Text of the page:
Epidemiology and New Public Health

Prof. MUDr. Martin Rusnák, CSc
Department of Public Health, Faculty of Health
Care and Social Work, Trnava University
Trnava, Slovak Republic
Introduce Epidemiology and Evidence Based
Public Health as closely related practical
disciplines supporting development and
implementation of PH policies
 Share several examples from the field of
Traumatic Brain Injuries to illustrate the
Aims of the presentation
2013 is the bicentenary of the
birth of John Snow (1813–58),
whose elegant studies of
cholera in the mid-19th
century earned him iconic
status among the founders of
epidemiology, the basic
science of public health.
PEM Fine, BM Goldacre, A
Haines: Epidemiology—a
science for the people. The
Lancet, Volume 381, Issue
9874 (13–19 April 2013)
John Snow,
1st epidemiologist
Making decisions using the best available
peer-reviewed evidence (both quantitative
and qualitative research),
 Using data and information systems
 Other ….
Key characteristics of EBPH
related to epidemiology
Brownson, R.C., J.E. Fielding, and C.M. Maylahn, Evidence-based public
health: a fundamental concept for public health practice. Annu Rev Public
Health, 2009. 30: p. 175-201
Scientific literature in systematic reviews
Scientific literature in one or more journal articles
Public health surveillance data
Program evaluations
Qualitative data
Community members
Other stakeholders
Media/marketing data
Word of mouth
Personal experience
Different forms of
Chambers D , Kerner J. Closing the gap between discovery and delivery .
Dissemination and Implementation Research Workshop: Harnessing Science to
Maximize Health , Rockville, MD , 2007 .
Type 1 evidence defines the causes of diseases and the
magnitude, severity, and preventability of risk factors
and diseases. It suggests that “Something should be
done” about a particular disease or risk factor.
Type 2 evidence describes the relative impact of specific
interventions that do or do not improve health, adding,
“Specifically, this should be done.”
Type 3 evidence shows how and under what contextual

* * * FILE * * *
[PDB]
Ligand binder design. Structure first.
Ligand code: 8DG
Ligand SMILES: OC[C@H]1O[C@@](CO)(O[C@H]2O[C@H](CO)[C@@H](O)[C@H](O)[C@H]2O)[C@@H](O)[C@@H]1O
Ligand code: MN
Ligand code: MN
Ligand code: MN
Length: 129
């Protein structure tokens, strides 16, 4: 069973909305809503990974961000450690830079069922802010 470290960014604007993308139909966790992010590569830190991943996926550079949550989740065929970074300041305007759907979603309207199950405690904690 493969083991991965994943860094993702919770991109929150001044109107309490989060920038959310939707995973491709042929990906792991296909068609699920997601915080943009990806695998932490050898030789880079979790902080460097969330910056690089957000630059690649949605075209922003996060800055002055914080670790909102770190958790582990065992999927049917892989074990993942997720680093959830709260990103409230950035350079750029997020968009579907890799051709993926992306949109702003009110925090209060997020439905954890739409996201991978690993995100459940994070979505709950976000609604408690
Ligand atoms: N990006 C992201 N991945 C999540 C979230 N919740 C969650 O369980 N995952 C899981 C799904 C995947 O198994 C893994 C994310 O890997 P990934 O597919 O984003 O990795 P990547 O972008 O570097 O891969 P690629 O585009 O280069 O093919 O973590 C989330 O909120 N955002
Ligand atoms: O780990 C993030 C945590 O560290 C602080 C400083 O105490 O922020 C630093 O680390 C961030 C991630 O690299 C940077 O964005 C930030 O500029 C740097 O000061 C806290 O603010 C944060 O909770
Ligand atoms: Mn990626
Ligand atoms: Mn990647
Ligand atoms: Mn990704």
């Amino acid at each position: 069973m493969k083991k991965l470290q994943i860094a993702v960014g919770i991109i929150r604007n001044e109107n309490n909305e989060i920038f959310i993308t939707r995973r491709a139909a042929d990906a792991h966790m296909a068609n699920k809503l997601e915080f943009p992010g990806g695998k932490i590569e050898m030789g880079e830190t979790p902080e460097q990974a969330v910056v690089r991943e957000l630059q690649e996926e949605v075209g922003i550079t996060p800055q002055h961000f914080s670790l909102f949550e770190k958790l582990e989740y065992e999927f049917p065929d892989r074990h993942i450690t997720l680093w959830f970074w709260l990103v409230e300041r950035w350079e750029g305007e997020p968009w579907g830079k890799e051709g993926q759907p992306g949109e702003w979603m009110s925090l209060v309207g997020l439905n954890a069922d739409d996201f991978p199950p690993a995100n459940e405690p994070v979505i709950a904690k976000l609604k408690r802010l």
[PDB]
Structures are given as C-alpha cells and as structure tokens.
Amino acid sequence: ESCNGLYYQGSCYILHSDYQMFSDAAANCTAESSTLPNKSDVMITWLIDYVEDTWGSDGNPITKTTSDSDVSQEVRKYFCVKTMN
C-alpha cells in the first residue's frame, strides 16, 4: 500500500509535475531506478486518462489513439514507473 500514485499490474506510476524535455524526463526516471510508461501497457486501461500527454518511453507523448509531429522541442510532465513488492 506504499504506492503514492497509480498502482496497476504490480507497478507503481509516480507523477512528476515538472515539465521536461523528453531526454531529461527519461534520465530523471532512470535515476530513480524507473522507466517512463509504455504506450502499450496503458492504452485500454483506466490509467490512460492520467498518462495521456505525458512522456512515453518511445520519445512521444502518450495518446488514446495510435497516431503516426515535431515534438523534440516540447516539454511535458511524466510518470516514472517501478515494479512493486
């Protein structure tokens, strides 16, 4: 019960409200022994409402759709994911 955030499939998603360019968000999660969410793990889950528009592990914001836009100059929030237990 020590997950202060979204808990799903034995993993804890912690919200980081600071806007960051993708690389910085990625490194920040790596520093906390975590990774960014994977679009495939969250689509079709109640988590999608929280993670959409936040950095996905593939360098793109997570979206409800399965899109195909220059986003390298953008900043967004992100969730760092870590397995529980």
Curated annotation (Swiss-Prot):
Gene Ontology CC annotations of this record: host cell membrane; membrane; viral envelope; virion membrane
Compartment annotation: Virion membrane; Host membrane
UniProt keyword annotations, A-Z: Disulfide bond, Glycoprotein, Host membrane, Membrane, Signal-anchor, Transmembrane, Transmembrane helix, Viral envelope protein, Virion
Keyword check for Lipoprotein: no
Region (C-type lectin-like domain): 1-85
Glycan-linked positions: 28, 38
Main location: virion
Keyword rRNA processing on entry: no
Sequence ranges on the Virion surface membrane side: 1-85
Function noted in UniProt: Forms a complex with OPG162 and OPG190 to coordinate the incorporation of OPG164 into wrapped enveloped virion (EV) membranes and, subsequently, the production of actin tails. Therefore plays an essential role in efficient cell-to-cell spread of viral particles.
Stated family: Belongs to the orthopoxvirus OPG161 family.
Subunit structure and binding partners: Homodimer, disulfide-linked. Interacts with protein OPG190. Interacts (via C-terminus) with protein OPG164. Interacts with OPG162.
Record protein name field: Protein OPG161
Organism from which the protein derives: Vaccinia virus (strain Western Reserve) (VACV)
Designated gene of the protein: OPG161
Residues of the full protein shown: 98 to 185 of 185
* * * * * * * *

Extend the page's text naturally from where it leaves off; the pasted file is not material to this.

conditions interventions were implemented and how
they were received, thus informing “how something
should be done“.
Types of scientific evidence
for public health practice
Ross C. Brownson, E.A.B., Terry L. Leet, Kathleen N. Gillespie, William R. True,
Evidence-Based Public Health. 2nd ed. 2010: Oxford University Press, USA.
Involves the on-going systematic collection,
analysis, and interpretation of specific health
data, closely integrated with the timely
dissemination of these data to those responsible
for preventing and controlling disease or injury.
Systems should have a capacity to collect and
analyse data, disseminate data to public health
programs, and regularly evaluate the
effectiveness of the use of the disseminated
Public Health Surveillance
Epidemiology of TBI
Rosso, A., Brazinova, A., Janciak, I., Wilbacher, I., Rusnak, M., Mauritz,
W., Severe traumatic brain injury in Austria II: epidemiology of hospital
admissions. Wien Klin Wochenschr, 2007. 119(1-2): p. 29-34
Guidelines and Survival
Rusnak, M., et al., Severe traumatic brain injury in Austria VI: Effects of guidelinebased management. Wiener Klinische Wochenschrift, 2007. 119(1-2): p. 64-71
Assessment of Quality
Brazinova, A., Rusnak, M., Mauritz, W., Lecky, F., Kaniansky, M., Evaluation of
traumatic brain injury guidelines using AGREE instrument. Bratislava Medical
Journal-Bratislavske Lekarske Listy, 2008. 109(8): p. 374-380.
Epidemiologists should recognize the policy system and
model that are in place, and adapt their work to that model;
there is no use making grand plans if the system will not
accommodate them, and no use communicating with the
wrong people.
Four main headings:
a population focus,
health and prevention,
health services, and
health information.
What is the nature of contributions
from epidemiology to policy?
Robert A. Spasoff, Epidemiologic Methods for Health
Policy. 1999: Oxford University Press Inc. 240.
Linkages Between Program
Planning and Evaluation
Applying advances from molecular biology
Increasing attention to ethical issues
Measuring and communicating weak associations
Measuring outcomes and quality of health care
Setting priorities and measuring progress
Investigating public health outbreaks
Preventing chronic diseases and other "modern
Measuring the effects of public health interventions
Informing public health policies
Applying new computer and information technologies
Increasing epidemiologic capacity in applied settings
Summary of Modern Challenges and
Opportunities in Epidemiology
Brownson, R.C. and D.B. Petitti, Applied epidemiology: Theory to
practice. 1998: Oxford University Press on Demand.
Epidemiology provides tools, results and
interpretations to develop evidence
Epidemiologists have to be involved in
transforming evidence to policies
Epidemiology methods are to be used in
verifying what intervention work and in what
Epidemiologists are an integral part of policy
processes in health care and social development
Join us in efforts to get the
epidemiology the voice in
policies making.
Thank you.